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This week for “Close-Up with Camenker”, Zach reviews . . . Nightmare Alley! (December 27, 2021)

Click here for the blurb and showtimes for NIGHTMARE ALLEY

One of my fondest memories of film viewing was on a Saturday evening in January of 2018 during the doldrums of winter. Some friends and I met up at Red River to see THE SHAPE OF WATER, which ended up taking home the coveted Best Picture Oscar and three other trophies later that season. I walked in with mixed expectations and walked out in total awe, riveted by the beauty of the production and its intricate landscape. The experience still remains one of my favorite ones ever at the movies and stands out as one of my top at Red River.

THE SHAPE OF WATER owes its genius to director Guillermo del Toro, a multitalented and incredibly unique artist with a zest for creativity. As a result of my adoration for THE SHAPE OF WATER, my expectations were quite high for his latest film, NIGHTMARE ALLEY, which just finished screening at Red River. Like many films that succeed a director’s masterpiece, NIGHTMARE ALLEY does not nearly match THE SHAPE OF WATER, but it does rise to the occasion in many ways if you keep your focus in the right places.

The story of a vagabond who quickly takes on the role of a carny, NIGHTMARE ALLEY is based on a 1946 novel of the same name that was adapted for the screen first in 1947. Despite being a classic film fanatic, I had admittedly never heard of the original nor have I seen it, which embarasses me to say as I typically screen the original before watching a remake. All that aside, del Toro’s adaptation of the story alongside his writing partner (and now wife) Kim Morgan meets with great success for the 21st century eye.

Nightmare Alley

With a superbly experienced ensemble at the forefront and some of the best visual artists in Hollywood, del Toro takes the audience on a multi-year journey through carny Stan Carlisle’s meteoric rise to power and success amidst the backdrop of World War II. As he leaves behind what appears to be his long-time home at the start of the film, Carlisle, played by Bradley Cooper, is not shy about jumping on the carnival bandwagon right away, adventuring into the traveling circus of freaks, geeks, and the misunderstood.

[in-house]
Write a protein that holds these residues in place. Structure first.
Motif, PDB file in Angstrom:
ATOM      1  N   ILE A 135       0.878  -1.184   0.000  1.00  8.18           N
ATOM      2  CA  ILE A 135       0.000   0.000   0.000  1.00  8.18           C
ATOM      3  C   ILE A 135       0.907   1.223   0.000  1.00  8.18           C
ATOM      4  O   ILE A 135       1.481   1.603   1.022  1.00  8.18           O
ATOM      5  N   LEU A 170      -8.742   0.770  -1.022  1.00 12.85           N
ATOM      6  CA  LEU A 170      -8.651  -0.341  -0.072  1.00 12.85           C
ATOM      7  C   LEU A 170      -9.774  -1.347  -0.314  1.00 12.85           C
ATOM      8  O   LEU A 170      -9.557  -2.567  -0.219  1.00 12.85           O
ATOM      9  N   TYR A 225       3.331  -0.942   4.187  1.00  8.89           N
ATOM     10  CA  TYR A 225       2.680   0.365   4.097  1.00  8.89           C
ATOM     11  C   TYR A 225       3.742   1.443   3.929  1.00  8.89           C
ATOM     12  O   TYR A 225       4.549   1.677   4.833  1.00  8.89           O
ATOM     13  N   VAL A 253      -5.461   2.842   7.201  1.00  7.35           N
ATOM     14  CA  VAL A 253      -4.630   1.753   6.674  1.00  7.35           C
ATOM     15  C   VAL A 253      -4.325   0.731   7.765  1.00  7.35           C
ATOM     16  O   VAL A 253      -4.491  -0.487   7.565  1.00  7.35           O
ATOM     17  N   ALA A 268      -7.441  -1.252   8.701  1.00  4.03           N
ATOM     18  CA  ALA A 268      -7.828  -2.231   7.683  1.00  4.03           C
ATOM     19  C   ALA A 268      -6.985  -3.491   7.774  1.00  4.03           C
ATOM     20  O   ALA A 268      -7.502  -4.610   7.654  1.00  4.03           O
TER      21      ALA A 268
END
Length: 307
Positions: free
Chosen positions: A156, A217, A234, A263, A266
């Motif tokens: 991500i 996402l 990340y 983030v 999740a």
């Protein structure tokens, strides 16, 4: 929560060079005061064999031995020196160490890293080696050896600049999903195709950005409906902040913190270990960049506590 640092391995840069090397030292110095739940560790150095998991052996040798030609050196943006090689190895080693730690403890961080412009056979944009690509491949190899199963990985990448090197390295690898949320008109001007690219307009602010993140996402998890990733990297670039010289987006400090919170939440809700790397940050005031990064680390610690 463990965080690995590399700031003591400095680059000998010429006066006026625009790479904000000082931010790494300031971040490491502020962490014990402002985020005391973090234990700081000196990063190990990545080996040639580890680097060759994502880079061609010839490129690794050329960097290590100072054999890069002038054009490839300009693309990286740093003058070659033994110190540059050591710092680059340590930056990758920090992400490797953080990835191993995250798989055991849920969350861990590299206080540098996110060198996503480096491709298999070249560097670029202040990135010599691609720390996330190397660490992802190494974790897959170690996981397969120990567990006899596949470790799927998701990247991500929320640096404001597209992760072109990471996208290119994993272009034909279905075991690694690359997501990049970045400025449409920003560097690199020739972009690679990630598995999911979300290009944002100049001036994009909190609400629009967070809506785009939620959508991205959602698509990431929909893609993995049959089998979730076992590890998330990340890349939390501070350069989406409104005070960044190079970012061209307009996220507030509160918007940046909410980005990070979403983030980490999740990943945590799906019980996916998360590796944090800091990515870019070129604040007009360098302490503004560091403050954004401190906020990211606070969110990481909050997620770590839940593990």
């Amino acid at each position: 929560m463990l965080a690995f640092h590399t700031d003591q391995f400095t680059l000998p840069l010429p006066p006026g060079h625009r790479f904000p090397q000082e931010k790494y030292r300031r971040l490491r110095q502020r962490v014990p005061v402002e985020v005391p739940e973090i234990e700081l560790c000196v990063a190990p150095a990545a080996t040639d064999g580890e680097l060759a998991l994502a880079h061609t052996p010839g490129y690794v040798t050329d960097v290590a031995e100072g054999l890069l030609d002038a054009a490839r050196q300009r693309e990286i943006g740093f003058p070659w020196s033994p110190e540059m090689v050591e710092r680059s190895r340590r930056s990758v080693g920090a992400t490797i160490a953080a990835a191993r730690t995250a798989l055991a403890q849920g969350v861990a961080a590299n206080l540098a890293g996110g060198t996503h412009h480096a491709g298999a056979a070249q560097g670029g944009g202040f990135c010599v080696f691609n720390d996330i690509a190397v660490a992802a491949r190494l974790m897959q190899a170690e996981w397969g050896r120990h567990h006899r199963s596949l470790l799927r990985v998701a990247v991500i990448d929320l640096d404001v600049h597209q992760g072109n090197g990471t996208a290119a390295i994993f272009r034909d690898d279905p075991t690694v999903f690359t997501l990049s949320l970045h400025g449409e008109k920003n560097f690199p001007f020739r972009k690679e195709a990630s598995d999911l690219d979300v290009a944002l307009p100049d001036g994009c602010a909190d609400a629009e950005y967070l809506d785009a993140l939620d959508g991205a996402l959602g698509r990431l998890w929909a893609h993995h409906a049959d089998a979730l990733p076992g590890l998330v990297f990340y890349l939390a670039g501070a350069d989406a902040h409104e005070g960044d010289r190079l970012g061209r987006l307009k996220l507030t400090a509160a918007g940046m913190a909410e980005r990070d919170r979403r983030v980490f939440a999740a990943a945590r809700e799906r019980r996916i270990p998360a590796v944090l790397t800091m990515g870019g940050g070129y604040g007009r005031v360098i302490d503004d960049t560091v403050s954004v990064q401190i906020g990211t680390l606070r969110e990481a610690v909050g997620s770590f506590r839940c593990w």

The film, which runs at just about two and a half hours, lags in what I would deem its first act. While Carlisle’s backstory, never divulged deeply, is fascinating as are the carnies that he meets along the way, some cohesion is missing. It’s almost as if del Toro and Morgan try to do too much by introducing us to so many characters, some of whom have little to no significance in the long-run of the movie. Nonetheless, Cooper is excellent, carrying the story with a subdued undertone that eventually subsides as his character grows into the con man that he has likely always been.

Among the strong ensemble, we meet many characters, including Clem, Zeena, and Pete, played by Willem Dafoe, Toni Collette, and David Straithairn respectively. Dafoe entertains with his usual panache while Collette and particularly Straithairn really rise to the occasion of their small but mighty roles, serving as Carlisle’s inspiration as he joins their act. Rooney Mara, understated as always, is also present as Carlisle’s love interest Molly, who eventually joins him as he goes on the road in the second act when the two begin a duo psychic routine.